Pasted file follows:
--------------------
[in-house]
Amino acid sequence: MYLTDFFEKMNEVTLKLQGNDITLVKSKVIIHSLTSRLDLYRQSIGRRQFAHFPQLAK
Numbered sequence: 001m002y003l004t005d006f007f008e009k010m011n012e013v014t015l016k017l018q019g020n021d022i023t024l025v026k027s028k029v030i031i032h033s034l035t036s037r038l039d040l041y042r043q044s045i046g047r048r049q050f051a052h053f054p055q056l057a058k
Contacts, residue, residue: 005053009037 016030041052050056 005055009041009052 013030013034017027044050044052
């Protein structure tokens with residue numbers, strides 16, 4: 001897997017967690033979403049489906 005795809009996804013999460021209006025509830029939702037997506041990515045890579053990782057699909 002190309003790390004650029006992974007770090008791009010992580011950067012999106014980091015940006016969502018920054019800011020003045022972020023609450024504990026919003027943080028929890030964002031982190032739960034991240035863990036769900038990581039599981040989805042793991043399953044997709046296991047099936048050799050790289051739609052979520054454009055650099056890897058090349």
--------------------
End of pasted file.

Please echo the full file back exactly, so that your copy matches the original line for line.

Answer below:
[in-house]
Amino acid sequence: MYLTDFFEKMNEVTLKLQGNDITLVKSKVIIHSLTSRLDLYRQSIGRRQFAHFPQLAK
Numbered sequence: 001m002y003l004t005d006f007f008e009k010m011n012e013v014t015l016k017l018q019g020n021d022i023t024l025v026k027s028k029v030i031i032h033s034l035t036s037r038l039d040l041y042r043q044s045i046g047r048r049q050f051a052h053f054p055q056l057a058k
Contacts, residue, residue: 005053009037 016030041052050056 005055009041009052 013030013034017027044050044052
């Protein structure tokens with residue numbers, strides 16, 4: 001897997017967690033979403049489906 005795809009996804013999460021209006025509830029939702037997506041990515045890579053990782057699909 002190309003790390004650029006992974007770090008791009010992580011950067012999106014980091015940006016969502018920054019800011020003045022972020023609450024504990026919003027943080028929890030964002031982190032739960034991240035863990036769900038990581039599981040989805042793991043399953044997709046296991047099936048050799050790289051739609052979520054454009055650099056890897058090349």